Since 1985, 11.5 million people have hit the beach to remove a supertanker’s weight of plastic bottles, cigarette butts and grocery bags as part of the annual International Coastal Cleanup Day.
On September 16, you can join in to protect your favorite body of water in the world’s largest volunteer coastal cleanup.
Got a smartphone? It can help, too! With the app Clean Swell, you can easily track data and connect with the global cleanup community.
- Harms wildlife. Trash and plastics trap and sicken animals, from tiny plankton to the biggest whales. Research suggests that 90 percent of all seabirds have eaten coastal plastic.
- Affects communities. More than 1 billion people rely on the ocean for food. Cleaning up the coast keeps harmful waste out of the food chain.
“All of these data add up to one imperative: We must stop plastic from entering the ocean in the first place,” says Andreas Merkl, president and CEO of Ocean Conservancy, the nonprofit that started Coastal Cleanup Day three decades ago. “The good news is that this is a global problem we can actually solve.”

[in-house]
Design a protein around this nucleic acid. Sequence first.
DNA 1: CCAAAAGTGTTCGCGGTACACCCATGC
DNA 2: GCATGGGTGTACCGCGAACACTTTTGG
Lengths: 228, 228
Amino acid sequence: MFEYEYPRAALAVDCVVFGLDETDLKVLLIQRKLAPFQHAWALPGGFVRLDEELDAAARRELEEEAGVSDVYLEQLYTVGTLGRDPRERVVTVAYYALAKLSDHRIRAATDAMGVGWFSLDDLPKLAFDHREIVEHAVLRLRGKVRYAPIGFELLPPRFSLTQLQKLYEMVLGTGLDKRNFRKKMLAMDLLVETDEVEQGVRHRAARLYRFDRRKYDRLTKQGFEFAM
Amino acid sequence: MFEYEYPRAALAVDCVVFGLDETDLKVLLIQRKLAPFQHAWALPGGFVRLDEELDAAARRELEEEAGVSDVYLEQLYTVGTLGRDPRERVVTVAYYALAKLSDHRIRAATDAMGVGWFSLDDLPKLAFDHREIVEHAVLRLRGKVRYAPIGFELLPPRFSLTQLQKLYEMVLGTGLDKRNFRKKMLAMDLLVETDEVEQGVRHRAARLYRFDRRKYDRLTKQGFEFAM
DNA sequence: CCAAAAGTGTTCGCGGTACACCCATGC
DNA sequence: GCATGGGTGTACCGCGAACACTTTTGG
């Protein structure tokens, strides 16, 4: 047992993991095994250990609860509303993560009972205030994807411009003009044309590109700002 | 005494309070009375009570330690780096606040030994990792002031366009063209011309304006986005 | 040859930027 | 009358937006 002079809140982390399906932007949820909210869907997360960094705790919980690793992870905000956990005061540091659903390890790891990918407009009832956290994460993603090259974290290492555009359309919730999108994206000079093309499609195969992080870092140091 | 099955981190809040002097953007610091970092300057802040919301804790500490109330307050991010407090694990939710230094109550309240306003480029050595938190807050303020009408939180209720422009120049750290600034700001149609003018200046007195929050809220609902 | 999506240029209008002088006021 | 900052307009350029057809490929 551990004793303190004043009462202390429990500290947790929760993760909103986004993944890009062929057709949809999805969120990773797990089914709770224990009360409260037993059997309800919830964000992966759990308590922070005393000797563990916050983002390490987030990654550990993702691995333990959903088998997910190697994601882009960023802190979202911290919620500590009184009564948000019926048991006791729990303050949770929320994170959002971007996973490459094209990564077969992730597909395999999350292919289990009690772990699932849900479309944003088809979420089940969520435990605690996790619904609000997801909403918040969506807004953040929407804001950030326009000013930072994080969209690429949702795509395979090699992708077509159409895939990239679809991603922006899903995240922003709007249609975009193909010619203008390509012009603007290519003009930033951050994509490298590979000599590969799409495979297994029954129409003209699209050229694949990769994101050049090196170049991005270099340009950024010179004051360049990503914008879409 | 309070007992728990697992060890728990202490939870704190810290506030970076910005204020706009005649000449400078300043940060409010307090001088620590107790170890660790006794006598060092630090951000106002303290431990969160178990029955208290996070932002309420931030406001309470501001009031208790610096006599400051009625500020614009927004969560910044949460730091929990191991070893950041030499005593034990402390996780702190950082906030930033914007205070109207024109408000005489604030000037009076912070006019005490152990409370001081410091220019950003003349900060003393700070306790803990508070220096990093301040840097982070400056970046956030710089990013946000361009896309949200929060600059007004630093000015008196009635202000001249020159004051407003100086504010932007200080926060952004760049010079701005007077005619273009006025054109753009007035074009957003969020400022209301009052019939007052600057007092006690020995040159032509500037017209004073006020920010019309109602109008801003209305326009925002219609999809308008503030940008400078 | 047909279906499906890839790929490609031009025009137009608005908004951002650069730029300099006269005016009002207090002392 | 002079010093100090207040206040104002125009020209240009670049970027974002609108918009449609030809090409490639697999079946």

Local beach cleanups have global impacts. The Ocean Conservancy connects data about ocean debris with scientists around the world to develop policies for a healthier ocean.
So find a coastal cleanup near you this weekend, or start your own with some friends and a smartphone. With International Coastal Cleanup Day, and #2017Cleanup on Twitter, you can help turn the tide against trash.